Lee County, Texas

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Lee County, Texas
Lee county texas courthouse 2014.jpg
The Lee County Courthouse in Giddings, built in 1899, is designed in the Richardsonian Romanesque style of architecture. It was added to the National Register of Historic Places in 1975.
Seal of Lee County, Texas
Seal
Map of Texas highlighting Lee County
Location in the state of Texas
Map of the United States highlighting Texas
Texas's location in the U.S.
Founded 1874
Named for Robert E. Lee
Seat Giddings
Largest city Giddings
Area
 • Total 634 sq mi (1,642 km2)
 • Land 629 sq mi (1,629 km2)
 • Water 5 sq mi (13 km2), 0.8%
Population
 • (2010) 16,612
 • Density 26/sq mi (10/km²)
Congressional districts 10th, 17th
Time zone Central: UTC-6/-5
Website www.co.lee.tx.us

Lee County is a county located in the U.S. state of Texas. As of the 2010 census, its population was 16,612.[1] Its county seat is Giddings.[2] The county is named for Robert E. Lee, the commander of the Confederate Army of Northern Virginia.

Geography[edit]

According to the U.S. Census Bureau, the county has a total area of 634 square miles (1,640 km2), of which 629 square miles (1,630 km2) is land and 5 square miles (13 km2) (0.8%) is water.[3]

Major highways[edit]

Adjacent counties[edit]

Economy[edit]

As of 2004 the Giddings State School, a Texas Youth Commission facility, was Lee County's largest employer.[4]

Demographics[edit]

Historical population
Census Pop.
1880 8,937
1890 11,952 33.7%
1900 14,595 22.1%
1910 13,132 −10.0%
1920 14,014 6.7%
1930 13,390 −4.5%
1940 12,751 −4.8%
1950 10,144 −20.4%
1960 8,949 −11.8%
1970 8,048 −10.1%
1980 10,952 36.1%
1990 12,854 17.4%
2000 15,657 21.8%
2010 16,612 6.1%
Est. 2012 16,601 −0.1%
U.S. Decennial Census[5]
1850-2010[6]
2012 Estimate[1]

As of the census[7] of 2000, there were 15,657 people, 5,663 households, and 4,150 families residing in the county. The population density was 25 people per square mile (10/km²). There were 6,851 housing units at an average density of 11 per square mile (4/km²). The racial makeup of the county was 76.59% White, 12.08% Black or African American, 0.46% Native American, 0.24% Asian, 0.03% Pacific Islander, 8.87% from other races, and 1.72% from two or more races. 18.19% of the population were Hispanic or Latino of any race. 35.5% were of German and 8.3% American ancestry according to Census 2000. 80.1% spoke English, 14.4% Spanish and 5.1% German as their first language.

There were 5,663 households out of which 35.70% had children under the age of 18 living with them, 60.00% were married couples living together, 8.80% had a female householder with no husband present, and 26.70% were non-families. 23.80% of all households were made up of individuals and 11.70% had someone living alone who was 65 years of age or older. The average household size was 2.65 and the average family size was 3.15.

In the county, the population was spread out with 28.80% under the age of 18, 9.20% from 18 to 24, 26.30% from 25 to 44, 21.40% from 45 to 64, and 14.40% who were 65 years of age or older. The median age was 36 years. For every 100 females there were 101.60 males. For every 100 females age 18 and over, there were 98.00 males.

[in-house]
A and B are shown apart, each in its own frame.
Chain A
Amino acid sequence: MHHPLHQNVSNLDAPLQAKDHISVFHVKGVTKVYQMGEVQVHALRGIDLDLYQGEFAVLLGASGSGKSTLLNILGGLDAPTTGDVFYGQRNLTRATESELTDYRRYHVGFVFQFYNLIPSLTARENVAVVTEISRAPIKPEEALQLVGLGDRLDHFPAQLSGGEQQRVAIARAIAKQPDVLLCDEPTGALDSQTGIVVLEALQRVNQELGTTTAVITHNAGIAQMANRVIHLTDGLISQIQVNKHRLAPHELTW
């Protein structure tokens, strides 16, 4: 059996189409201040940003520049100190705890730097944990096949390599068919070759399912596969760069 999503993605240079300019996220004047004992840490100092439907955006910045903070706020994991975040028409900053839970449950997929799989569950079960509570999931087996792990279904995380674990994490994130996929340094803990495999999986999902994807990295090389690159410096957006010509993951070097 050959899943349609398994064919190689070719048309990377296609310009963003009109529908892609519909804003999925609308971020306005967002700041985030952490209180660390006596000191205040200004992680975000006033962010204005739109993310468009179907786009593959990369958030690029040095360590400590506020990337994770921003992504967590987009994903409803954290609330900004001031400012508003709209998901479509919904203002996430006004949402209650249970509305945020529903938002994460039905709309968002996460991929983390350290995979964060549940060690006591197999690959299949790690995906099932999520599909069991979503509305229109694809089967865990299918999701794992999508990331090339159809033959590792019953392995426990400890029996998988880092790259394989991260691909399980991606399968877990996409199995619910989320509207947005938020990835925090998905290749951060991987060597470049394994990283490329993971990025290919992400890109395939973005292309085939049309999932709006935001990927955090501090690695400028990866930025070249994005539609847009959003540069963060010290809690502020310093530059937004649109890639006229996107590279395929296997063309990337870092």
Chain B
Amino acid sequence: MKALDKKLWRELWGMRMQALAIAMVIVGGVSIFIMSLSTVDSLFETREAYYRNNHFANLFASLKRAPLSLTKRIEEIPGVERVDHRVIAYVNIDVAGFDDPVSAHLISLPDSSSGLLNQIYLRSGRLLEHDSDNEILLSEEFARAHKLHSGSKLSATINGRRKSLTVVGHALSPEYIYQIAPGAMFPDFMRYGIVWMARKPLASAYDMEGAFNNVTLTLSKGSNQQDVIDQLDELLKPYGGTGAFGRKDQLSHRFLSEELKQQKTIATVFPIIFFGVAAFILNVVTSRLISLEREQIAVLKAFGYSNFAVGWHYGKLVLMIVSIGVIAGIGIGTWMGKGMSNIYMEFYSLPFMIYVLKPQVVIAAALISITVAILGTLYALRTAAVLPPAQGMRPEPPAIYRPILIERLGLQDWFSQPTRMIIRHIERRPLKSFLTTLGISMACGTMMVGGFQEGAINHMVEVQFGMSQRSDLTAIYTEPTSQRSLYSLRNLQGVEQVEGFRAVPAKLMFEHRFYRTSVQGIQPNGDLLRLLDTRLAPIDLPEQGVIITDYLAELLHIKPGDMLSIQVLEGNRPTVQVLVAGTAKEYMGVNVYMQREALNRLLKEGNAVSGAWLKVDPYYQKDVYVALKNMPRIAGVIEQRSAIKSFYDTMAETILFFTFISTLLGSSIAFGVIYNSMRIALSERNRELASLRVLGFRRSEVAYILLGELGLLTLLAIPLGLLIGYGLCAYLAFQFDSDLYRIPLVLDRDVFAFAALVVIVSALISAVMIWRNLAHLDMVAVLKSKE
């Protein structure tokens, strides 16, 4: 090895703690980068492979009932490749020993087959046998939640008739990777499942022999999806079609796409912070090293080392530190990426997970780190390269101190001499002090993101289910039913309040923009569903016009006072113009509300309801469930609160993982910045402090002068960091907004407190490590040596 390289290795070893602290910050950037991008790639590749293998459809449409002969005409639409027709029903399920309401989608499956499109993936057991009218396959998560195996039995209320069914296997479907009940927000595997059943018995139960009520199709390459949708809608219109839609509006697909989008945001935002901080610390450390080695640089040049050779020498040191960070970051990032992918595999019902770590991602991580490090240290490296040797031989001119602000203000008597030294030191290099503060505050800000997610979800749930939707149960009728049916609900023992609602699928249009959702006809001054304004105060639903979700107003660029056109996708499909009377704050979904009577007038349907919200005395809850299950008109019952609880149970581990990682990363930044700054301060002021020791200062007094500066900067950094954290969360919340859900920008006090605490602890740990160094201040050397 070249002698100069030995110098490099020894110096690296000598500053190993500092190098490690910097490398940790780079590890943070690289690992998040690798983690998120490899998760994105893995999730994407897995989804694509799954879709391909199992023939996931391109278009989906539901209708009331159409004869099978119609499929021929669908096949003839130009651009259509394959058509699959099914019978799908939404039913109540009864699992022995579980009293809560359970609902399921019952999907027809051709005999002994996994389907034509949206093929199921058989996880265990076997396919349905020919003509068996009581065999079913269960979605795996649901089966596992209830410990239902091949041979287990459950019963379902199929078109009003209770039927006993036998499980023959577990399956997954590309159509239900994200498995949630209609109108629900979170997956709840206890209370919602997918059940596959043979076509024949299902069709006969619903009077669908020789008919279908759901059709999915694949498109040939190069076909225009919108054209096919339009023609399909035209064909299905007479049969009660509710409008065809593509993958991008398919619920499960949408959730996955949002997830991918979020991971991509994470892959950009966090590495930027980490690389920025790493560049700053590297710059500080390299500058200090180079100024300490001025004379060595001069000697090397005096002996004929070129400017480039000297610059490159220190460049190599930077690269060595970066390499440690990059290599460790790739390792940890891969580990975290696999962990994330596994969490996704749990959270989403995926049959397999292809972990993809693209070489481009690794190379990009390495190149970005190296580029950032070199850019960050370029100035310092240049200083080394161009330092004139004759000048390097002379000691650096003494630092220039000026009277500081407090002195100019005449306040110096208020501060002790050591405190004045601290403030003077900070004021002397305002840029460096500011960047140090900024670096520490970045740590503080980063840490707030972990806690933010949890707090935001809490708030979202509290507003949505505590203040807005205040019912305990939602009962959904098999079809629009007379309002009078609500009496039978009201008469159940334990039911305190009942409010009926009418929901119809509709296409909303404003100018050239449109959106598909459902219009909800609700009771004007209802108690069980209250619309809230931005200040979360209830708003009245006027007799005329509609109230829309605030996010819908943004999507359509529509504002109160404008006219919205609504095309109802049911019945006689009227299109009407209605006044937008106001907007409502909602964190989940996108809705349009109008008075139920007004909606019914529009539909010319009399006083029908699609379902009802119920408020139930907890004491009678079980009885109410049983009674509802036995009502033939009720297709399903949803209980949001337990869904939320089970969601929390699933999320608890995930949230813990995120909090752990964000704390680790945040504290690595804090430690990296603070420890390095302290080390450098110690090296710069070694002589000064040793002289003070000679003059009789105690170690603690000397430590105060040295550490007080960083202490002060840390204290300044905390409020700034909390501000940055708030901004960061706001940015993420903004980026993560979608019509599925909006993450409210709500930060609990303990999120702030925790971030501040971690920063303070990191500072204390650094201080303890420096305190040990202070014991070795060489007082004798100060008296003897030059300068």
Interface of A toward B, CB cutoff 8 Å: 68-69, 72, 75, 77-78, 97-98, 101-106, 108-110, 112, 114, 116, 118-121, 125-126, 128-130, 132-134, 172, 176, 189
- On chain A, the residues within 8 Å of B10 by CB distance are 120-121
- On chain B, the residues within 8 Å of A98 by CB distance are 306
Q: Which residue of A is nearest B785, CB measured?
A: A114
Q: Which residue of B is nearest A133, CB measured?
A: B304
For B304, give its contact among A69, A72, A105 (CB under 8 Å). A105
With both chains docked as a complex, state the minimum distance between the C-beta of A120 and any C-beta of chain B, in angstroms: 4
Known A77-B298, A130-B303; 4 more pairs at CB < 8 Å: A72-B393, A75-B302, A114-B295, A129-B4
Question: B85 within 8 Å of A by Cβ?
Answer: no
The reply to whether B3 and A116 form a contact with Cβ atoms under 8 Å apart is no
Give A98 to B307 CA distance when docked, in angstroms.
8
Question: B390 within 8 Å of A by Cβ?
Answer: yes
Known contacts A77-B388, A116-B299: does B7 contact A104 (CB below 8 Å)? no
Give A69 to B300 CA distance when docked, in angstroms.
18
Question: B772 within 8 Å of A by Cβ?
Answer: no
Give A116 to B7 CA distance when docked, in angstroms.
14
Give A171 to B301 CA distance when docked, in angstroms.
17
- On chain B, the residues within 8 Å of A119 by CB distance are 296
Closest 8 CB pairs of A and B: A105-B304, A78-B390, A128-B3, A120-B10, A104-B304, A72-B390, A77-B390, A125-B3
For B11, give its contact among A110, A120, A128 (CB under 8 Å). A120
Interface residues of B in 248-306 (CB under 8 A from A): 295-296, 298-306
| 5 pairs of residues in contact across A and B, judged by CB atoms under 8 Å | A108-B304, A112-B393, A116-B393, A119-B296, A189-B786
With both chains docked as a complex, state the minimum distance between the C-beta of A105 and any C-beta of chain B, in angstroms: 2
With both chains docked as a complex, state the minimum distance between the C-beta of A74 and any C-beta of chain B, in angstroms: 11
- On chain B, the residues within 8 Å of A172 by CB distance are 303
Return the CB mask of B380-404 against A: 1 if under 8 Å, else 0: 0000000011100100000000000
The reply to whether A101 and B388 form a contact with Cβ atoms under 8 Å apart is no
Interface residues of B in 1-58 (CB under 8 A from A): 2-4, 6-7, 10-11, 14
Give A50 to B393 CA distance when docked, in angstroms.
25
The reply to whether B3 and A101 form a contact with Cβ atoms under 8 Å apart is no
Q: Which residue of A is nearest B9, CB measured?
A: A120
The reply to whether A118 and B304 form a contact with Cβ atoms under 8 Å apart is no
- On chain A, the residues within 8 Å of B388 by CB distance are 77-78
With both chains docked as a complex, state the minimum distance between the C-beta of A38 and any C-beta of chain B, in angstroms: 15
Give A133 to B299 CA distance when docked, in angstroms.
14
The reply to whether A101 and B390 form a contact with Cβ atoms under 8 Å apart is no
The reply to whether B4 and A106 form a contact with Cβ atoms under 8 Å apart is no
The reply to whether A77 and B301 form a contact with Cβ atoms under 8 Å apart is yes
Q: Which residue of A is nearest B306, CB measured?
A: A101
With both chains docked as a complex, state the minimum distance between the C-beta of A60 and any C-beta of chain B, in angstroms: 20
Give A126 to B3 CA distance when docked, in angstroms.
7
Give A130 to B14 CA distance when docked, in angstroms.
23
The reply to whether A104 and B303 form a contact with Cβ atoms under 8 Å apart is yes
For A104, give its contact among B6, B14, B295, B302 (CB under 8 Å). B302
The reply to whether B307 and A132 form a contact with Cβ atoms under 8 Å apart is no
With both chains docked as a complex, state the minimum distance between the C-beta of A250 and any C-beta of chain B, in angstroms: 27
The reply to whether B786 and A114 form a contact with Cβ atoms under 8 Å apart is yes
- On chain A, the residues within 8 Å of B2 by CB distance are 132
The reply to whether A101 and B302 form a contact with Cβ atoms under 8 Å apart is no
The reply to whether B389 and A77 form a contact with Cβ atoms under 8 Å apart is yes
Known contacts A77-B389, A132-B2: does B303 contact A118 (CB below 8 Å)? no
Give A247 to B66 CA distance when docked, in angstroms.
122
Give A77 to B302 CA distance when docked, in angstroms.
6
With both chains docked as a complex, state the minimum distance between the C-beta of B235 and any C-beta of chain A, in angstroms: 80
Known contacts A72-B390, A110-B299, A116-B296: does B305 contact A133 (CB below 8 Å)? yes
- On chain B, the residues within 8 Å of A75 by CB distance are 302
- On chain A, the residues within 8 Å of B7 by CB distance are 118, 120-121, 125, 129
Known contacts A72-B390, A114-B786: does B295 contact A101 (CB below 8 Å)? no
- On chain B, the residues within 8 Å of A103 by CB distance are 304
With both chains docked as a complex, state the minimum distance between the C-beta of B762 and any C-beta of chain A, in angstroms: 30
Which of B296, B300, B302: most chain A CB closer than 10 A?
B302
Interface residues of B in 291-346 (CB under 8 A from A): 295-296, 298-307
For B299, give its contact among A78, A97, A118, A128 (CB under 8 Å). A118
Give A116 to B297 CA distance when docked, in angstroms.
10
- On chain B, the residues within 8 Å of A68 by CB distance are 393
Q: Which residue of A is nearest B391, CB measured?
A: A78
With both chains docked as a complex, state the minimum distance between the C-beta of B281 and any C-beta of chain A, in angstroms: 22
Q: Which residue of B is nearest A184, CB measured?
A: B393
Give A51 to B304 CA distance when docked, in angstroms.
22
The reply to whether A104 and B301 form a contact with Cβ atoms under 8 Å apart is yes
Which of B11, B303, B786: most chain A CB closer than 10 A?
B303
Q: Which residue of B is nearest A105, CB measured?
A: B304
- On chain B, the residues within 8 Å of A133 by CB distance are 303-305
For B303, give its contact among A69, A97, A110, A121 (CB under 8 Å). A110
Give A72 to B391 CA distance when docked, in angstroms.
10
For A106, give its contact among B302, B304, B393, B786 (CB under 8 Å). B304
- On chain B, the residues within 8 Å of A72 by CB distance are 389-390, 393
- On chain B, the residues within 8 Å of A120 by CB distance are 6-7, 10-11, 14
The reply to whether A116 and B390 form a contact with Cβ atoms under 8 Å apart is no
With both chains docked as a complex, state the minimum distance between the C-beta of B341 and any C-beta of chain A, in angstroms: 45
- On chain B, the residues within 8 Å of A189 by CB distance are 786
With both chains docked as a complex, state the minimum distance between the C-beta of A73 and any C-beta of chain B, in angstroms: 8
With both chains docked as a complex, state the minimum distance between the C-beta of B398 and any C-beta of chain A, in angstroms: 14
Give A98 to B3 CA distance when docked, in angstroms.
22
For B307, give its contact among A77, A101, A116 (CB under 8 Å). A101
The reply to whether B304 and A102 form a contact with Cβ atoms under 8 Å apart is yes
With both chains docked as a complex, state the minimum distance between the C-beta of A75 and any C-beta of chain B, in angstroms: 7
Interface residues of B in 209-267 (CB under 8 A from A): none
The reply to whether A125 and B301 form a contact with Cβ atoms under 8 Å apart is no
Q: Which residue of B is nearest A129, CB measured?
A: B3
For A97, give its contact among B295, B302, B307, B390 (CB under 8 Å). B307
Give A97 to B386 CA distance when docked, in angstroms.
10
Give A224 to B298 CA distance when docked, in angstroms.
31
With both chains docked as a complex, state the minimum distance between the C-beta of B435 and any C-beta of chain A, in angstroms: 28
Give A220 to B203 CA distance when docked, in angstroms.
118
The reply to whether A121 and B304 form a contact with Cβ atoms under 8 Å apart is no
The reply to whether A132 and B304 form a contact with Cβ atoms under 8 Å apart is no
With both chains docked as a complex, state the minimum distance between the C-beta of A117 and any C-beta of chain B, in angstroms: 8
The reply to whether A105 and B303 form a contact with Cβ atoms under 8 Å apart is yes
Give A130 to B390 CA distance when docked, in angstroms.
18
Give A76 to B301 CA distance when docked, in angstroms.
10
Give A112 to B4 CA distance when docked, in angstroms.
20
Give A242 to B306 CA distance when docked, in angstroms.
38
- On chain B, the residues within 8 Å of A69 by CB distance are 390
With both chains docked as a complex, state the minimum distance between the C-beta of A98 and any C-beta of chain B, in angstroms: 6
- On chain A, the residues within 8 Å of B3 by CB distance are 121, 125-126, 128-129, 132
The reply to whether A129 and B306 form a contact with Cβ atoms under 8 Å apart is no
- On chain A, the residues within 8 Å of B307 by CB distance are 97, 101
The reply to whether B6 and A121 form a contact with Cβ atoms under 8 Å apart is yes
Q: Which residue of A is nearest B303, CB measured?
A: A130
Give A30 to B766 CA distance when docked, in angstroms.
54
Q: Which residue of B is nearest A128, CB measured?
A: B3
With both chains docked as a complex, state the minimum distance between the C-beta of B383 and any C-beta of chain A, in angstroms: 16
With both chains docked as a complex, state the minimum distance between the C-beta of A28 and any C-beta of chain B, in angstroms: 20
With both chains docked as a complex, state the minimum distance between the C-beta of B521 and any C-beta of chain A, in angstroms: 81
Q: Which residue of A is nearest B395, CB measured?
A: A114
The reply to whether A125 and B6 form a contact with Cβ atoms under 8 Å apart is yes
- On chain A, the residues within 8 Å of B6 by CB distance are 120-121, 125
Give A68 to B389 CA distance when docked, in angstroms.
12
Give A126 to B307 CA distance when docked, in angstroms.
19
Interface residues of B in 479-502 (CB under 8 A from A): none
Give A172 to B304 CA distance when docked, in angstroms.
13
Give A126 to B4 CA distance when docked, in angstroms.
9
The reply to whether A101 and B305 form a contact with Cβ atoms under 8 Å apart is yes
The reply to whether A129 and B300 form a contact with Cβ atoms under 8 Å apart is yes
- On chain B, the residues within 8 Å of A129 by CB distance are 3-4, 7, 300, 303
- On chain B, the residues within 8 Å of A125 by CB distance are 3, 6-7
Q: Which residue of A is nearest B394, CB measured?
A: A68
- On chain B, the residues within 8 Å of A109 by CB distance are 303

The median income for a household in the county was $36,280, and the median income for a family was $42,073. Males had a median income of $30,635 versus $21,611 for females. The per capita income for the county was $17,163. About 9.70% of families and 11.90% of the population were below the poverty line, including 13.70% of those under age 18 and 16.10% of those age 65 or over.

As of the 2010 census, Lee County has a similar ethnic makeup relative to the overall United States.[8]

Government and infrastructure[edit]

The Texas Youth Commission operates the Giddings State School in unincorporated Lee County, near Giddings.[9]

Communities[edit]

Cities and towns[edit]

Unincorporated communities[edit]

See also[edit]

References[edit]

  1. ^ a b "State & County QuickFacts". United States Census Bureau. Retrieved December 19, 2013. 
  2. ^ "Find a County". National Association of Counties. Retrieved 2011-06-07. 
  3. ^ "US Gazetteer files: 2010, 2000, and 1990". United States Census Bureau. 2011-02-12. Retrieved 2011-04-23. 
  4. ^ "Disruption at the Giddings State School." Texas Youth Commission. October 5, 2004. Retrieved on January 20, 2011.
  5. ^ "U.S. Decennial Census". Census.gov. Retrieved December 19, 2013. 
  6. ^ Texas Almanac: County Population History 1850-2010 Retrieved December 19, 2013
  7. ^ "American FactFinder". United States Census Bureau. Retrieved 2011-05-14. 
  8. ^ Patterson, Thom. "Welcome to Little America: Lee County, Texas." CNN. July 15, 2011. Retrieved on July 15, 2011.
  9. ^ "Giddings State School." Texas Youth Commission. Retrieved on August 21, 2010.

External links[edit]

Coordinates: 30°19′N 96°58′W / 30.31°N 96.96°W / 30.31; -96.96